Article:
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SPECIES Vandeleuria oleracea

Author:Bennett, 1832.
Citation:Proc. Zool. Soc. Lond., 1832: 121.
Common Name:Indomalayan Vandeleuria
Type Locality:India, Madras, Deccan region.
Distribution:Recorded from Sri Lanka (lowlands; Phillips, 1980), peninsular India, S Nepal, Burma (Ellerman, 1941), SE China (W Yunnan; Wang, 2003), Thailand (except peninsula south of Isthmus of Kra, 10EE, 30’N; J. T. Marshall, Jr., 1977a), SW Cambodia (Cardamom Mtns; A. Smith, in litt., 2002), and S Vietnam (Osgood, 1932; Dang et al., 1994); probably occurs in S Laos in suitable habitat. See Corbet and Hill (1992).
Status:IUCN – Lower Risk (lc).
Comments:Musser and Carleton (1993) noted that "oleracea is possibly a composite of species, and despite Agrawal and Chakraborty’s (1980) review of geographic variation, needs careful systematic revision." Chromosomal features vary geographically: 2n = 26 or 28 for N, NE and E Thailand samples (Gropp et al., 1972; Winking et al., 1979); 2n = 29 for N India sample (Sharma and Raman, 1972), and 2n = 28 for SW India (Prakash and Aswathanarayana, 1973, 1976). Agrawal (2000) reviewed Indian populations, pointing out that samples from N India have rusty brown upperparts while those from S India and Gujarat have a dull brown dorsum; slight chromosomal differences are concordant with the chromatic distribution. Morphological variation in what has been defined as V. oleracea excludes nilagirica, which Corbet and Hill (1992) treat as a separate species (see that account). Ecology and distribution in the Aravalli Ranges in Rajasthan, India documented by Prakash et al. (1995a, b) and in Gujarat State by Chakraborty and Agrawal (2000). Excellent description of climbing ability, diet, and other aspects for the Sri Lankan population provided by Phillips (1926, 1980). Chinese localities mapped and listed by Zhang et al. (1997), who also recorded a locality in N Sichuan far to the north of any other record, which is probably a misidentification. Although living populations occur in Thailand only north of the Isthmus of Kra (10E30’N), V. oleracea once ranged south into peninsular Thailand, and its evolutionary history in that country extends to late Pliocene (Chaimanee, 1998).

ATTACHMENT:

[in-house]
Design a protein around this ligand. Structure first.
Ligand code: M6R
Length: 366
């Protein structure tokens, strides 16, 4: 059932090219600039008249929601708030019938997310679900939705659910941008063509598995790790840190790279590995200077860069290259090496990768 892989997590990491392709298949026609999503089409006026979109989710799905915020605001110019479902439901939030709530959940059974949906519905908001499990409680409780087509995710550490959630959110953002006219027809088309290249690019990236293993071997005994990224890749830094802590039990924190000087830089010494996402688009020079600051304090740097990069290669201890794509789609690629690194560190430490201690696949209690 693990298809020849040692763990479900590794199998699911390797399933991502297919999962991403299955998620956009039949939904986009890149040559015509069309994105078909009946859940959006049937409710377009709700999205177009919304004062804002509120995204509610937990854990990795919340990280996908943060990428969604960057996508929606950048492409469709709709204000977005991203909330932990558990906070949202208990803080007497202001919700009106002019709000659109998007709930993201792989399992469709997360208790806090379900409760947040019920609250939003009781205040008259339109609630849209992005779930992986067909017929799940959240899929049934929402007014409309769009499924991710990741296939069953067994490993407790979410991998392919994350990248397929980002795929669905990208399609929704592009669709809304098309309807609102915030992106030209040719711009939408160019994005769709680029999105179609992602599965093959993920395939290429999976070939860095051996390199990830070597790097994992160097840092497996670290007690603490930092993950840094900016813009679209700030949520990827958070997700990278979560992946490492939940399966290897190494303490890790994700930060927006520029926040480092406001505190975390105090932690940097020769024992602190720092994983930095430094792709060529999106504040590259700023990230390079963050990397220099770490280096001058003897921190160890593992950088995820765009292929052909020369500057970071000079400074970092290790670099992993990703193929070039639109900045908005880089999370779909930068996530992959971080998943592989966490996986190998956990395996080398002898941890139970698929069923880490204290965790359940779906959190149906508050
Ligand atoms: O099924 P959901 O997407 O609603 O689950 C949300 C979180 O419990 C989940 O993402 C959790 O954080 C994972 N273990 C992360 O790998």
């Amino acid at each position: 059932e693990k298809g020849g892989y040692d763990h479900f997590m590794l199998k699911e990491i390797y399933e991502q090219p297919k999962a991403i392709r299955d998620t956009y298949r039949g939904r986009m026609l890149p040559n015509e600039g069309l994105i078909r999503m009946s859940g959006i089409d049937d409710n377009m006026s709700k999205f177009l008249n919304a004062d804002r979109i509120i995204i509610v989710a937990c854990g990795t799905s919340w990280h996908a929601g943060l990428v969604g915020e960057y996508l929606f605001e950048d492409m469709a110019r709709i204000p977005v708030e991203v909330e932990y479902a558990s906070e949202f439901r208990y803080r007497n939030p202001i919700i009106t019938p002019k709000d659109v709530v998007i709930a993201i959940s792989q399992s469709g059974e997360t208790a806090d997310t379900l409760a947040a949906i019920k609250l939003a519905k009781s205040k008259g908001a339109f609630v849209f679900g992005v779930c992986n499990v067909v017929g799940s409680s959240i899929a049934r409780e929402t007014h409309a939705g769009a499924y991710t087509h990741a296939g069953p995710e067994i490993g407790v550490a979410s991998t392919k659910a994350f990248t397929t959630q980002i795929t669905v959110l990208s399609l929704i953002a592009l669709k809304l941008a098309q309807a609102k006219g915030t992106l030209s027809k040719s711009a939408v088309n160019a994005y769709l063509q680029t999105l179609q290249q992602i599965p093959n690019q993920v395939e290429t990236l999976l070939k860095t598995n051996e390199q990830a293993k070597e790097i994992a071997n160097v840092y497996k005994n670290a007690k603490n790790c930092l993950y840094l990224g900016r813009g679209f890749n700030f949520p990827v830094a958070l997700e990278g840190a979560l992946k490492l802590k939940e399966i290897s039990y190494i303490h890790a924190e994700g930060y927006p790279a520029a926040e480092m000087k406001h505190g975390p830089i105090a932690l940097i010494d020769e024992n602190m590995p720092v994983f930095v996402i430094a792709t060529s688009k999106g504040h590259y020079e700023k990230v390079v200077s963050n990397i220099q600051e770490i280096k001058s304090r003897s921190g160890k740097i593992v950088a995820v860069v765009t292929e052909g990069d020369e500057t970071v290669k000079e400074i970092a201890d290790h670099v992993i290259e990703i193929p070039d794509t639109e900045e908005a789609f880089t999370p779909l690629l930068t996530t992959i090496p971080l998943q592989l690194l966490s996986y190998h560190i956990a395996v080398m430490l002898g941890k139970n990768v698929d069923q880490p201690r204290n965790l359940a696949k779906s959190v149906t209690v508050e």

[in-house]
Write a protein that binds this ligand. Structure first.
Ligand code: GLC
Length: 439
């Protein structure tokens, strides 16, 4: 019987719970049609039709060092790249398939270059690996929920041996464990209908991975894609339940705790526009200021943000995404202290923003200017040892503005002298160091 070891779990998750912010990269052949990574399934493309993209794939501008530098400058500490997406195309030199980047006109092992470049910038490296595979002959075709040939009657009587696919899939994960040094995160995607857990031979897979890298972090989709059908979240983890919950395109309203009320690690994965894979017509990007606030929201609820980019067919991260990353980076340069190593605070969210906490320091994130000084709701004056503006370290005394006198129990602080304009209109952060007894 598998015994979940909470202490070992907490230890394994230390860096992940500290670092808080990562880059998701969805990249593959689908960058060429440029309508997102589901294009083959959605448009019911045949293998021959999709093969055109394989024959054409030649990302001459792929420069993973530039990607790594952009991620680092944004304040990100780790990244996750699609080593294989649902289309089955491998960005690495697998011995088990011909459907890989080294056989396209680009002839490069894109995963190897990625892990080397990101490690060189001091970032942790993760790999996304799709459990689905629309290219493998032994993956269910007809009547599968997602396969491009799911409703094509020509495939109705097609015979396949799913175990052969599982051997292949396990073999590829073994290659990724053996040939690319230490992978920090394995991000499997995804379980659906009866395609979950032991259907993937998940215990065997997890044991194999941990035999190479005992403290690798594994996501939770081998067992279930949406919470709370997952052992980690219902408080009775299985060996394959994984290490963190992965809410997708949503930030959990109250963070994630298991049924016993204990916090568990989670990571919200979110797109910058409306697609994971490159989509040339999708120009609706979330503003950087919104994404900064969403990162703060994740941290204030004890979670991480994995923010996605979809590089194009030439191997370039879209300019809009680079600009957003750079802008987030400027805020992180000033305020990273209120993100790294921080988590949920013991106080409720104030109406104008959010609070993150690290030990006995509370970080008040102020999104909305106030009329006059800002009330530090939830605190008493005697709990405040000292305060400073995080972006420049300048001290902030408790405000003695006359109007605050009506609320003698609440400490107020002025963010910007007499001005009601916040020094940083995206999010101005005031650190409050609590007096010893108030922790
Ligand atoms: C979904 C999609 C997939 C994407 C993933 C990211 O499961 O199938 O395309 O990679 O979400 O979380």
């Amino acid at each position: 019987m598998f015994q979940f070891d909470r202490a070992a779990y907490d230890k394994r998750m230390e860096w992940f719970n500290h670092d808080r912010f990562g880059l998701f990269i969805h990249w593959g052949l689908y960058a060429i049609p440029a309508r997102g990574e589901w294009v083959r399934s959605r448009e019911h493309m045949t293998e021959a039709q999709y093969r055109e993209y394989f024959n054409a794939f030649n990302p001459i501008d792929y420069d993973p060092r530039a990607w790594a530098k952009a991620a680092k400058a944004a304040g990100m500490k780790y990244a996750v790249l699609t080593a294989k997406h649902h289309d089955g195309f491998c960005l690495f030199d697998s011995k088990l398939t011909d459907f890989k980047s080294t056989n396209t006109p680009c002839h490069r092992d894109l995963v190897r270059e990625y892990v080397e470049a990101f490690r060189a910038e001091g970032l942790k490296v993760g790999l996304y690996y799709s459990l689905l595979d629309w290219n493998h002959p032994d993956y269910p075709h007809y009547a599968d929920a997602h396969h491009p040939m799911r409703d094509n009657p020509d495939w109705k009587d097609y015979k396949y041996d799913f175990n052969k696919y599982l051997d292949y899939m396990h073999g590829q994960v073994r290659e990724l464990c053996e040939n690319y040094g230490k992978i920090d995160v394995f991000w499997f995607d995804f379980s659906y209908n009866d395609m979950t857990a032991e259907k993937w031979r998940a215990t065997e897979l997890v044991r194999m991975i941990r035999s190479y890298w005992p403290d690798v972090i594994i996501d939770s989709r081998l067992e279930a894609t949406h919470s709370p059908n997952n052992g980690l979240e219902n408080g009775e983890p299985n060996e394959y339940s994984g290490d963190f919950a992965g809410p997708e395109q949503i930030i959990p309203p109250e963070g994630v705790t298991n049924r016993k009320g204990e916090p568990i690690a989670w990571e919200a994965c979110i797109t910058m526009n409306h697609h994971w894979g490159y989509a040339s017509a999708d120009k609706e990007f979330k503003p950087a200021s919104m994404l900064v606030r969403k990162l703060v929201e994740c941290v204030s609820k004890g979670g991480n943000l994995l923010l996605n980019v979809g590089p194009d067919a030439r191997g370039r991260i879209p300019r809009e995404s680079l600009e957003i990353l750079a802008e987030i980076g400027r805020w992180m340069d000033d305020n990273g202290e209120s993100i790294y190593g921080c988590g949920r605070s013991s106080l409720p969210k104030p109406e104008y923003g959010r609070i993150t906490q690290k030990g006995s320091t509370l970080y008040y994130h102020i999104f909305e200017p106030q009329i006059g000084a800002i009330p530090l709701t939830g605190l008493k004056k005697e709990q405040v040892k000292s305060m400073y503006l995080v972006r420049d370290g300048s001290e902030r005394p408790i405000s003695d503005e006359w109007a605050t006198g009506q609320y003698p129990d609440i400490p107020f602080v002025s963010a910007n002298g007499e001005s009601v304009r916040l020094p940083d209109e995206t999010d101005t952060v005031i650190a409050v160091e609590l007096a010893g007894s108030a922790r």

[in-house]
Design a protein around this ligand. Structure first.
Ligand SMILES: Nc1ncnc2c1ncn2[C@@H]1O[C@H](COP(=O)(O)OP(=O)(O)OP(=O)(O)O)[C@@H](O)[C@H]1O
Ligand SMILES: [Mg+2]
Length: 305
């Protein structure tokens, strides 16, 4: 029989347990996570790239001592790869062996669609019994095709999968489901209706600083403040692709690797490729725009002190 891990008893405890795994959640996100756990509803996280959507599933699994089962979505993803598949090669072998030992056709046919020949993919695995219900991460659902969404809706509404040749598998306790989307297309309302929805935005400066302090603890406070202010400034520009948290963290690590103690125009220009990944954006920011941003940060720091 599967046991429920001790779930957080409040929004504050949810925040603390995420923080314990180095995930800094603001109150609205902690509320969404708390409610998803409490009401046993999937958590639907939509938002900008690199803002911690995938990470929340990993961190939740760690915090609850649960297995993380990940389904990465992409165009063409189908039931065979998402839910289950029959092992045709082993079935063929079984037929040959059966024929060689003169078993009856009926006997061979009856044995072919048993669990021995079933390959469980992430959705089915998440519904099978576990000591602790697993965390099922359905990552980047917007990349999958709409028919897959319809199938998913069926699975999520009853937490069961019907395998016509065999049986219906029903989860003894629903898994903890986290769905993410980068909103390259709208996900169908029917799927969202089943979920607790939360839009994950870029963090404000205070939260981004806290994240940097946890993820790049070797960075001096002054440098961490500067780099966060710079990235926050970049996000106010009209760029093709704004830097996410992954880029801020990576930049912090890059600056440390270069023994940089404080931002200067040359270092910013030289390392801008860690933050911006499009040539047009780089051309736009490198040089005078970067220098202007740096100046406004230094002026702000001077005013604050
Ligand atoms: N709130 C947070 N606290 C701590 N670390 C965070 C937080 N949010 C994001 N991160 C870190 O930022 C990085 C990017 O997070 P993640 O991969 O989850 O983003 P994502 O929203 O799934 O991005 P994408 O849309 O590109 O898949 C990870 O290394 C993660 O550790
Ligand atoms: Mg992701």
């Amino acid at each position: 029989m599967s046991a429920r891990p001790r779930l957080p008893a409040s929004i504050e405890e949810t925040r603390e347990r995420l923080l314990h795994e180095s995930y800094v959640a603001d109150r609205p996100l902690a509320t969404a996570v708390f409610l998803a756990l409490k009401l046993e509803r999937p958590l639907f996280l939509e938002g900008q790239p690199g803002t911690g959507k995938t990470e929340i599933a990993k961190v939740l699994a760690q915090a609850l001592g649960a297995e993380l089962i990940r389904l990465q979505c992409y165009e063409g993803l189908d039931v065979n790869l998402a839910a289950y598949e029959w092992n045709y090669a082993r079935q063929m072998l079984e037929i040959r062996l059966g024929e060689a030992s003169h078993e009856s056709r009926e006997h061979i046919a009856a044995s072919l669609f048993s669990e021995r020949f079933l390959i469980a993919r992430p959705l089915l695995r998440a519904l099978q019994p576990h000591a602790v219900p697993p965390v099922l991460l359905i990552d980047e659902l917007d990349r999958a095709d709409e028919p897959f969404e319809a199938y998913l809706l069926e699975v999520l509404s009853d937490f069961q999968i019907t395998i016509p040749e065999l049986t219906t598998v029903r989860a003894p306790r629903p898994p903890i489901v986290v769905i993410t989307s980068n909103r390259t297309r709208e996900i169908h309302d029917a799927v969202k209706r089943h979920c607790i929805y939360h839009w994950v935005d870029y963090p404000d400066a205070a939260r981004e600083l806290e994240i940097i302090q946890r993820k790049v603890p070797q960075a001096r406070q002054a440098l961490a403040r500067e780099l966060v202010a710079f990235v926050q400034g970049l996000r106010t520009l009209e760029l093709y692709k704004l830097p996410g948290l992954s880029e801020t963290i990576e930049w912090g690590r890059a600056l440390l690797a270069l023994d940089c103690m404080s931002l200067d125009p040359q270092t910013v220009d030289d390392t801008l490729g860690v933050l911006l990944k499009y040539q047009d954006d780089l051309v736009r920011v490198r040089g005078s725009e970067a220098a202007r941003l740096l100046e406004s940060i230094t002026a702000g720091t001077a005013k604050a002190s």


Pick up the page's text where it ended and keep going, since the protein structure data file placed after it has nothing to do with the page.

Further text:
badius (Blyth, 1859)
    domecolus (Hodgson, 1841)
    dumeticola (Hodgson, 1845)
    marica Thomas, 1915
    modesta Thomas, 1914
    povensis (Hodgson, 1845)
    rubida Thomas, 1914
    sibylla Thomas, 1914
    scandens Osgood, 1932
    spadicea Ryley, 1914
    wroughtoni Ryley, 1914

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